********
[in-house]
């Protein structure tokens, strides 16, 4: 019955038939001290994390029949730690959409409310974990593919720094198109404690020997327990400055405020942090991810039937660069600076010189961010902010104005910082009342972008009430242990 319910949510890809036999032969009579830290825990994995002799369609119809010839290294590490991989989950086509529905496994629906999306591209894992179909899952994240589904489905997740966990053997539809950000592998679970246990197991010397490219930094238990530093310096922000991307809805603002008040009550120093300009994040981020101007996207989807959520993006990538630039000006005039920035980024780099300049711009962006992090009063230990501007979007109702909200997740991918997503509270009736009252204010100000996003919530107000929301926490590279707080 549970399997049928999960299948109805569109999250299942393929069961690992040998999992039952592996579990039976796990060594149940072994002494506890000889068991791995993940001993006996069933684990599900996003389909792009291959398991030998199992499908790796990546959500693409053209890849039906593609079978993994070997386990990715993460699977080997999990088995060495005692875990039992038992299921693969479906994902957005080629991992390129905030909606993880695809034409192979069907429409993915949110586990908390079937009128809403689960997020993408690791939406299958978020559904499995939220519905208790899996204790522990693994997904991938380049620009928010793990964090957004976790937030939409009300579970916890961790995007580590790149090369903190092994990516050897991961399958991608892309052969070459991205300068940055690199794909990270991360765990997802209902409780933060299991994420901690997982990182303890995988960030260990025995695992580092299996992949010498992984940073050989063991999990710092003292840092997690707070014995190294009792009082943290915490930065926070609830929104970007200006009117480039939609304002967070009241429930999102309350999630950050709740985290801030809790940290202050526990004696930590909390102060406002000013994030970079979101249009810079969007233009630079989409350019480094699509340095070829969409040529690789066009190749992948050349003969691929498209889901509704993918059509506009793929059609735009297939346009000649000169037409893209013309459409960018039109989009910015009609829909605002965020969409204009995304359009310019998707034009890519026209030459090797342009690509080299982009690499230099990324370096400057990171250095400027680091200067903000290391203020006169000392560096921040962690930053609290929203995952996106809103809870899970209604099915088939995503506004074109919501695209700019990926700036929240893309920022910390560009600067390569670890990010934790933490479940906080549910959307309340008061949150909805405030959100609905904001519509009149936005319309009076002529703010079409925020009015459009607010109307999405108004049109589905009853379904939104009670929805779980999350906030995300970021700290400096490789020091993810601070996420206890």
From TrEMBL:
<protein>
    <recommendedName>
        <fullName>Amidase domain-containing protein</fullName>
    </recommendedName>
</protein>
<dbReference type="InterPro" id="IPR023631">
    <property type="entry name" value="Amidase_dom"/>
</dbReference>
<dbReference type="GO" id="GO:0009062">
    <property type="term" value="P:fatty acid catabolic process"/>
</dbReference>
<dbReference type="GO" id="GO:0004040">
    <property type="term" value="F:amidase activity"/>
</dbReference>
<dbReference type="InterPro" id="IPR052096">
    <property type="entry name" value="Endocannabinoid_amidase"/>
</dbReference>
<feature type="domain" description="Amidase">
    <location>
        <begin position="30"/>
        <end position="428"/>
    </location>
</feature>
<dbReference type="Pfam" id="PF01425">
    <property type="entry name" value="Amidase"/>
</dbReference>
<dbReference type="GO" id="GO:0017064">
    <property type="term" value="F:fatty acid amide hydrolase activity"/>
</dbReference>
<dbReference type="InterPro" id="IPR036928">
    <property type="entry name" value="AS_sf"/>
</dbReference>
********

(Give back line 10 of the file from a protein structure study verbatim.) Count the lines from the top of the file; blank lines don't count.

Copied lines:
    <property type="entry name" value="Amidase_dom"/>